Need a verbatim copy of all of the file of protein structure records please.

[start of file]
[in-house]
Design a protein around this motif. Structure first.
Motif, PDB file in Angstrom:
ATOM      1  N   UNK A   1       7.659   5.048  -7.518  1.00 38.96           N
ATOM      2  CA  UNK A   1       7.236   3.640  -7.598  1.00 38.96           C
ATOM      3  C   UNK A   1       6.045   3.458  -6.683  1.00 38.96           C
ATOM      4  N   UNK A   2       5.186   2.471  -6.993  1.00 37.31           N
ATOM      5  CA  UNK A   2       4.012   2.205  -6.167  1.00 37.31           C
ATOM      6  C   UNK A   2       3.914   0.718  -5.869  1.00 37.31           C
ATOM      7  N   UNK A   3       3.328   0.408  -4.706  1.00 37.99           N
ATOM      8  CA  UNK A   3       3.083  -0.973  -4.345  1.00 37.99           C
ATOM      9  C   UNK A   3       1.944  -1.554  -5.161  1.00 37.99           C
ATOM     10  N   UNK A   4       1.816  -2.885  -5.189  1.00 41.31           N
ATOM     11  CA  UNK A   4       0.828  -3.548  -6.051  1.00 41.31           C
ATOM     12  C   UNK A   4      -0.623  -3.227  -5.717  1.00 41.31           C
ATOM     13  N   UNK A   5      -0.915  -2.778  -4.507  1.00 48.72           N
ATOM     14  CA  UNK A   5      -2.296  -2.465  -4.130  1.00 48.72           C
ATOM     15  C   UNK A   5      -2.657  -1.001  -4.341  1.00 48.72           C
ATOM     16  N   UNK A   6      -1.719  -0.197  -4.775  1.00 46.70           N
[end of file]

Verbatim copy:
[in-house]
Design a protein around this motif. Structure first.
Motif, PDB file in Angstrom:
ATOM      1  N   UNK A   1       7.659   5.048  -7.518  1.00 38.96           N
ATOM      2  CA  UNK A   1       7.236   3.640  -7.598  1.00 38.96           C
ATOM      3  C   UNK A   1       6.045   3.458  -6.683  1.00 38.96           C
ATOM      4  N   UNK A   2       5.186   2.471  -6.993  1.00 37.31           N
ATOM      5  CA  UNK A   2       4.012   2.205  -6.167  1.00 37.31           C
ATOM      6  C   UNK A   2       3.914   0.718  -5.869  1.00 37.31           C
ATOM      7  N   UNK A   3       3.328   0.408  -4.706  1.00 37.99           N
ATOM      8  CA  UNK A   3       3.083  -0.973  -4.345  1.00 37.99           C
ATOM      9  C   UNK A   3       1.944  -1.554  -5.161  1.00 37.99           C
ATOM     10  N   UNK A   4       1.816  -2.885  -5.189  1.00 41.31           N
ATOM     11  CA  UNK A   4       0.828  -3.548  -6.051  1.00 41.31           C
ATOM     12  C   UNK A   4      -0.623  -3.227  -5.717  1.00 41.31           C
ATOM     13  N   UNK A   5      -0.915  -2.778  -4.507  1.00 48.72           N
ATOM     14  CA  UNK A   5      -2.296  -2.465  -4.130  1.00 48.72           C
ATOM     15  C   UNK A   5      -2.657  -1.001  -4.341  1.00 48.72           C
ATOM     16  N   UNK A   6      -1.719  -0.197  -4.775  1.00 46.70           N